Waking Up Alive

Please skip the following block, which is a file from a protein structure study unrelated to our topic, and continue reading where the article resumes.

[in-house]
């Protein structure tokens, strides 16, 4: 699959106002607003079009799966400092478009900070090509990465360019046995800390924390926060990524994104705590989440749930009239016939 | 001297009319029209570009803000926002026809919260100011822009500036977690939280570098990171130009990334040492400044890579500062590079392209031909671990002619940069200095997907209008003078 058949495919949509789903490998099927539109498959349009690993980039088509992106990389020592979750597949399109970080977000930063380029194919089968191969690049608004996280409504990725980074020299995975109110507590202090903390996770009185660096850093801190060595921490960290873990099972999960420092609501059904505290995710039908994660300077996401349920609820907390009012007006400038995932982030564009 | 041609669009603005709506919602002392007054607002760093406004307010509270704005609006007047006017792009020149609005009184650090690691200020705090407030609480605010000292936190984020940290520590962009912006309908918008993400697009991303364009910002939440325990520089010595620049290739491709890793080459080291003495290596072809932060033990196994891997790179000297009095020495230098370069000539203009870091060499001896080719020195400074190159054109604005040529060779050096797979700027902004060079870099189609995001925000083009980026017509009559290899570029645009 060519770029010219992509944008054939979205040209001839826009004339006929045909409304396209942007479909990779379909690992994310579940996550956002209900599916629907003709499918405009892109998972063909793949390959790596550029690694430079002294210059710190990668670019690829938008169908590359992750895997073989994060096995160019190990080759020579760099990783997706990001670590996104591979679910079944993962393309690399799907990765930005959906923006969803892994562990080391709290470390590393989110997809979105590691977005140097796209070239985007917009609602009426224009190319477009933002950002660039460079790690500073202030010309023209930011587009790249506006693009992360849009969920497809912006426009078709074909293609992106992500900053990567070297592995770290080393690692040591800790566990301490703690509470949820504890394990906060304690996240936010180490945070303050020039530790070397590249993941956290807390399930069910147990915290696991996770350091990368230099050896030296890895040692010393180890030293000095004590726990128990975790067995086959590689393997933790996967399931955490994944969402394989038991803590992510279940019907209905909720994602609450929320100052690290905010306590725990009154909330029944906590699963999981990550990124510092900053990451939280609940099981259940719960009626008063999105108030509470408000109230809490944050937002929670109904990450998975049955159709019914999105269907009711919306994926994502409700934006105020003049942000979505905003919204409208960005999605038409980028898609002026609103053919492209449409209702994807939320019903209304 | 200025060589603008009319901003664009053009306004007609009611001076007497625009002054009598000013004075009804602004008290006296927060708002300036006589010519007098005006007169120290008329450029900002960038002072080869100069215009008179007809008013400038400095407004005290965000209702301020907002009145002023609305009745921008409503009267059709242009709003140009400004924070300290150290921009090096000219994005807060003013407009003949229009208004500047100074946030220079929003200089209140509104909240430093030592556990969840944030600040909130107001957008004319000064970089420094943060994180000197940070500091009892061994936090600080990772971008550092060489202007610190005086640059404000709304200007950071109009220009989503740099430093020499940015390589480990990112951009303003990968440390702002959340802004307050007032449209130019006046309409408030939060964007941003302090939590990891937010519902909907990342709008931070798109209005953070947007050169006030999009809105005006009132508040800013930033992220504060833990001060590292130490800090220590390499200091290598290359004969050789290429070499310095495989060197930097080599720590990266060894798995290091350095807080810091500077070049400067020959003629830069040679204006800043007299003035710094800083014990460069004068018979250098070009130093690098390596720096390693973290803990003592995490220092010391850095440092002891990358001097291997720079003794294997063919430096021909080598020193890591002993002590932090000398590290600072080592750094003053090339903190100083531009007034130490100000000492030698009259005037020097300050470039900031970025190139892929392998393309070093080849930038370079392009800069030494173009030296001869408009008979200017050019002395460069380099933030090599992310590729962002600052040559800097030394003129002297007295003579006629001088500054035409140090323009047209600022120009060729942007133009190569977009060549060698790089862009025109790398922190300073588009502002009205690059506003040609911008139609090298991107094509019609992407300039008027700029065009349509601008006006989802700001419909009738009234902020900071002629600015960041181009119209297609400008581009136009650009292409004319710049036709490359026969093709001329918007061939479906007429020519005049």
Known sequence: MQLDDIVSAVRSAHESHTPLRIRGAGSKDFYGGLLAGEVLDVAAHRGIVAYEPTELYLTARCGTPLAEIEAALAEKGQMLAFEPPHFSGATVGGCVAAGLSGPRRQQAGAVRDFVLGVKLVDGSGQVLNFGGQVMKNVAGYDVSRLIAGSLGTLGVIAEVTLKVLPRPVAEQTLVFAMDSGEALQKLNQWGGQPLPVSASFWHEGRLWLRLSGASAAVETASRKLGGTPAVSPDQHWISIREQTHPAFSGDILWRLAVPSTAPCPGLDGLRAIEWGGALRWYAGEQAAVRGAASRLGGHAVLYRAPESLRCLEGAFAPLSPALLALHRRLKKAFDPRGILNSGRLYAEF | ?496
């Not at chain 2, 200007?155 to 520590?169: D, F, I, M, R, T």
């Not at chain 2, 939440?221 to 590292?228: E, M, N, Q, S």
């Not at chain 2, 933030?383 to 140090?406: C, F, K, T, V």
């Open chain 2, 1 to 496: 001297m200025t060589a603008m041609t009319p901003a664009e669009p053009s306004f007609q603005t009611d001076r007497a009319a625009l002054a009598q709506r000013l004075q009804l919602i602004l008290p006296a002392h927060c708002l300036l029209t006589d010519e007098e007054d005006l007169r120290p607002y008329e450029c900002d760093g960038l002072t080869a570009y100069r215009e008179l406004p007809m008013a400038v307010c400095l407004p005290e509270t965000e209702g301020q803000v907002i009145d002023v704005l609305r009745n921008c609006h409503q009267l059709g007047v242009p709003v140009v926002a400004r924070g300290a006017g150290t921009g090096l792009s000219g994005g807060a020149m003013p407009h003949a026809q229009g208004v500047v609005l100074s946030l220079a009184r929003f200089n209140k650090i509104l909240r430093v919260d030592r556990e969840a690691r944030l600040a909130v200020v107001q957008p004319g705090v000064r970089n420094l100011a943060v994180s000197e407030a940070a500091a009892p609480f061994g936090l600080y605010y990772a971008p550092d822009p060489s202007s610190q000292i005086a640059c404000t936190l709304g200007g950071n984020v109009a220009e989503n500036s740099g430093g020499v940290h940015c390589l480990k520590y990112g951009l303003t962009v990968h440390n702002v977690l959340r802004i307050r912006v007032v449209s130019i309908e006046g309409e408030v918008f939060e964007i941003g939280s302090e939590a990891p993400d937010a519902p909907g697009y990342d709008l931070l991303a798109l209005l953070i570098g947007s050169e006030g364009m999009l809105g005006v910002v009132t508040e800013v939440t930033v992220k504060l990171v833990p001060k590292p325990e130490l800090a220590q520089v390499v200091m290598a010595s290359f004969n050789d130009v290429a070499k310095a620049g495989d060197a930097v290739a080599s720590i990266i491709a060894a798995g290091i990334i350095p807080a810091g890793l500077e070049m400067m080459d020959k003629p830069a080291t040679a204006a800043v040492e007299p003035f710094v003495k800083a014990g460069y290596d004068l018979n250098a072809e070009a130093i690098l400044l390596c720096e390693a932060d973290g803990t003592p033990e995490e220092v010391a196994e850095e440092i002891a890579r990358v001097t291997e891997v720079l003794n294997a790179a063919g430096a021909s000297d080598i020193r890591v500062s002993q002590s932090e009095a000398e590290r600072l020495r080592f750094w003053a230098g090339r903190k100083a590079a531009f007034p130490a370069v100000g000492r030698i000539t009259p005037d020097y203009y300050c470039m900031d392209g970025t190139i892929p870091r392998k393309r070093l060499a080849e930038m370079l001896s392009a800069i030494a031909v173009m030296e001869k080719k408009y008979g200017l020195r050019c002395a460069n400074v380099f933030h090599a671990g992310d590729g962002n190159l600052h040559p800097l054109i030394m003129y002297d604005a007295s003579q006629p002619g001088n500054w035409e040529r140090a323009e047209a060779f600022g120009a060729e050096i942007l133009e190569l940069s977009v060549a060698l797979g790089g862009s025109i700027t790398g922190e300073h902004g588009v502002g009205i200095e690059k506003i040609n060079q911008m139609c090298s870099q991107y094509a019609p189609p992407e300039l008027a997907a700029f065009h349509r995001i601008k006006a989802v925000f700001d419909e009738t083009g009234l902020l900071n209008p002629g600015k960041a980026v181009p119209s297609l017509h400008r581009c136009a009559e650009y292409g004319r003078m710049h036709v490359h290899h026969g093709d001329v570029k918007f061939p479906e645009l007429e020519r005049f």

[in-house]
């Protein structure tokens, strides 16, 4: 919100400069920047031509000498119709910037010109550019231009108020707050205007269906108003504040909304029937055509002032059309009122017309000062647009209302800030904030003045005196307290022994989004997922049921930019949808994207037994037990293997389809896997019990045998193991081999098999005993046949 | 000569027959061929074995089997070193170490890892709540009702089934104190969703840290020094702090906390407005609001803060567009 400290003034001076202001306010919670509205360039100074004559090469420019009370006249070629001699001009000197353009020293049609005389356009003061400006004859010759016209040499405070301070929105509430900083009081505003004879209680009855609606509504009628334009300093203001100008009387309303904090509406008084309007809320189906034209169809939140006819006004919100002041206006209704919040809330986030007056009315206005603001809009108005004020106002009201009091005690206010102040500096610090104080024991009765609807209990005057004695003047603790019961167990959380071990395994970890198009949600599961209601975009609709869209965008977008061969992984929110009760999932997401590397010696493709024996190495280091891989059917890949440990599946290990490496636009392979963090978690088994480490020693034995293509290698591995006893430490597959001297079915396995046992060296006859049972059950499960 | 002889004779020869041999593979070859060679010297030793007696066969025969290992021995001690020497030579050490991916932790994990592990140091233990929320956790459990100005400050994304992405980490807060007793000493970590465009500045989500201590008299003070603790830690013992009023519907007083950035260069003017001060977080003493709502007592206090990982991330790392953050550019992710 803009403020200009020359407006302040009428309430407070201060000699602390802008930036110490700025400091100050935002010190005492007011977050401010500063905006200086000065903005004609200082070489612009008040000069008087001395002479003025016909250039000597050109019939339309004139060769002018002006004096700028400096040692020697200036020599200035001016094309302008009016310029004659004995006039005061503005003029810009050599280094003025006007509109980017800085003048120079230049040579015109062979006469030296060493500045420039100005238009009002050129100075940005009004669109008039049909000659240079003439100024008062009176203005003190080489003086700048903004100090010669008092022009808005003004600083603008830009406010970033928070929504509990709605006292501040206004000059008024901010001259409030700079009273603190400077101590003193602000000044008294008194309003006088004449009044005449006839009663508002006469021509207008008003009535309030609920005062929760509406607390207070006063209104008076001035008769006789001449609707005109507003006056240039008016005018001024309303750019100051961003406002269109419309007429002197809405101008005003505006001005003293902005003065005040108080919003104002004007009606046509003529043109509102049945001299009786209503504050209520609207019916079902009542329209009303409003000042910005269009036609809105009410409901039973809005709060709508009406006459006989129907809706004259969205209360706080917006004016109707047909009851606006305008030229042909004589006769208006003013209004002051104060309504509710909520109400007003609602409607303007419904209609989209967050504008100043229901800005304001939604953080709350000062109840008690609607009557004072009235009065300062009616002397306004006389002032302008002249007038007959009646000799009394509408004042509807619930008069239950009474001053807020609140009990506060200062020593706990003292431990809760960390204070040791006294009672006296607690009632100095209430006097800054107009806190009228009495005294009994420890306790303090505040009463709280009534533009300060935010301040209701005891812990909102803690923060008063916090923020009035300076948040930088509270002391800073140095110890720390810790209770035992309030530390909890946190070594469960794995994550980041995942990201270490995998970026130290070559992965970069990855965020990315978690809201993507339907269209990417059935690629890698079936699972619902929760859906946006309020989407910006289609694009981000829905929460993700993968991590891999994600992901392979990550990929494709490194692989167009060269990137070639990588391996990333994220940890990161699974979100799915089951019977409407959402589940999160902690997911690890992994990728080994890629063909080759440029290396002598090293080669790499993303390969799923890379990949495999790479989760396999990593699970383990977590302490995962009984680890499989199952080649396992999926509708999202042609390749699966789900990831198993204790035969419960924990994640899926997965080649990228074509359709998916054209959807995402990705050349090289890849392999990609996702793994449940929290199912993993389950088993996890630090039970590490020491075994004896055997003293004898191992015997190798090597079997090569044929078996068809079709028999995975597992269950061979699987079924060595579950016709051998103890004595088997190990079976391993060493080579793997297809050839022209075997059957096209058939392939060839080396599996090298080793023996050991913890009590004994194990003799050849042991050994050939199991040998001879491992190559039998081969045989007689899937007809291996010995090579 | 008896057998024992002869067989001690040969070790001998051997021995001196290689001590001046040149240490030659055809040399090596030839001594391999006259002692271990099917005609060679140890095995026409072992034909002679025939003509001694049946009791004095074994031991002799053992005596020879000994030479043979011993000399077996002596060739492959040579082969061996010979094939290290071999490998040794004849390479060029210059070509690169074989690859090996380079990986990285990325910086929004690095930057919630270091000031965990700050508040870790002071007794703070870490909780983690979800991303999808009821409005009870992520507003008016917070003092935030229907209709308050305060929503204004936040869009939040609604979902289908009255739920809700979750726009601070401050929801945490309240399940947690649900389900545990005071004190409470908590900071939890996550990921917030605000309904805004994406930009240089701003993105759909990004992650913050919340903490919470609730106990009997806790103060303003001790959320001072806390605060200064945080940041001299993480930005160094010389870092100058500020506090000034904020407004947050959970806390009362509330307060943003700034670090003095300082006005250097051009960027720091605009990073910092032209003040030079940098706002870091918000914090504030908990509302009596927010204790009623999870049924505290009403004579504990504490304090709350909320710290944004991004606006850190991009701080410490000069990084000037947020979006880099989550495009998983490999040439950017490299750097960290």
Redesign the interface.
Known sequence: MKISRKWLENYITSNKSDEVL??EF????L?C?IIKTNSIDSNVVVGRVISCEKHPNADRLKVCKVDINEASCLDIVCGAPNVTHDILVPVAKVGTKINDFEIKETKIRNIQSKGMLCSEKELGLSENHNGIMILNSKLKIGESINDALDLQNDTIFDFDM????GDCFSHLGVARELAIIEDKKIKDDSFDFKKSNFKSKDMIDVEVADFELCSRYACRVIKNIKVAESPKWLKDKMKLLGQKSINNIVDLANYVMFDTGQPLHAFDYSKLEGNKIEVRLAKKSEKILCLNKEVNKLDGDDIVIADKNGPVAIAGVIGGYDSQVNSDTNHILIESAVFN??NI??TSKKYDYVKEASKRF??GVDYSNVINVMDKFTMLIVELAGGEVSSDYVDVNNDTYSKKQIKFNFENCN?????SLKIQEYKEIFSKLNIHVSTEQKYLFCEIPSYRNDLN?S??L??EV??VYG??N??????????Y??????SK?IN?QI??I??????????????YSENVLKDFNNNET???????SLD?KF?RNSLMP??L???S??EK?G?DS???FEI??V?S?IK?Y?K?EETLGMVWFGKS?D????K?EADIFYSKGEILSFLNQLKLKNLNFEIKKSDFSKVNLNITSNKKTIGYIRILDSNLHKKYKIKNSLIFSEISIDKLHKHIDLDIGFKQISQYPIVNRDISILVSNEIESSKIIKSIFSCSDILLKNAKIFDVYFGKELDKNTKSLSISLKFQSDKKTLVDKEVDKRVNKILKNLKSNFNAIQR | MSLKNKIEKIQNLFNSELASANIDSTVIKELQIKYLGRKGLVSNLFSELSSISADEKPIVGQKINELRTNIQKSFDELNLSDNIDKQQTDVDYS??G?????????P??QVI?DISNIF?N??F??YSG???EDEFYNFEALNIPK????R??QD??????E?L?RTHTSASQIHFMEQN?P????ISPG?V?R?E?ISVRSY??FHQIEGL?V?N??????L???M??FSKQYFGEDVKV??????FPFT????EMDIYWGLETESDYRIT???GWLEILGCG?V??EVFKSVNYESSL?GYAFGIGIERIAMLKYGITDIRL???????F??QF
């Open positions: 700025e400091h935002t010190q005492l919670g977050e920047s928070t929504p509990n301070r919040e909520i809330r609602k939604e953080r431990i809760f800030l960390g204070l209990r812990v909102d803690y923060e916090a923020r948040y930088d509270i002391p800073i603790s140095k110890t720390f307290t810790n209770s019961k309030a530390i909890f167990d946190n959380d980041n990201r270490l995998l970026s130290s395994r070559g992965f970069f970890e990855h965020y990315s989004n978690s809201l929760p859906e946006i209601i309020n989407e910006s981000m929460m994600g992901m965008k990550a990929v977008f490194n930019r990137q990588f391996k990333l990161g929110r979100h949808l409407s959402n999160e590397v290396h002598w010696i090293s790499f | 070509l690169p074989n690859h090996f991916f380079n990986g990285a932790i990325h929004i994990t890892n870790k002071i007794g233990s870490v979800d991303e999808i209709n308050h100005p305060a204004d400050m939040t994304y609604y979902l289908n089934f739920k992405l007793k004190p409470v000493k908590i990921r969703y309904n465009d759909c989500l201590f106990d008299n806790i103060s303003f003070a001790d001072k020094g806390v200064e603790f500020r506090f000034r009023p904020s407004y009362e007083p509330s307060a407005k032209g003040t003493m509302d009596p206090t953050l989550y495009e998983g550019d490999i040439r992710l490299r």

I was hoping to stay awake during the arthroscopy on my torn meniscus-- it's a breeze, they said-- although I was a little surprised that the pre-op involved an EKG, and an IV and questions like "are you an organ donor?" and "do you have a living will?" (Yes to the first, no to the second... and the EKG was fine, except that my low heart rate-- 45 beats a minute or so, --set off the alarm.) Like I said, I was hoping to watch, but with the nerve damage from getting run over by the truck a few years back they decided a good sleep was better than a spinal nerve block. I said okay-- and then before I could think about the operation, it was all over and I was being wheeled back into my day surgery curtained coop. I had no idea when it began or ended. It was all done before I could ask how long it might take. An hour (or two? I still don't know) was gone, just like the time I hit my head ice skating. This made me wonder, if I had died, would I know it? Do we wake up in the fog of anesthesia in time to say goodbye? Or, do we, like my friend Nora said when her friend Boyson died in his easy chair, "wake up dead?" (What she said when she called to tell me I had an obituary to write, was, "Boyson woke up dead this morning. He went to sleep fine, but he woke up dead in his chair." )This is all a moot point, right now, for me, since I woke up very much alive after my surgery, and am still kicking (okay, limping a little) today, and very happy to be home with a knee that works. (I did read Thomas Lynch's Undertaking while I was waiting to be admitted, which may have prompted these thoughts. It is an enlightening-- weird but interesting-- read, from a poet-undertaker who casts a cold Irish eye on death, and a warm heart on life.)

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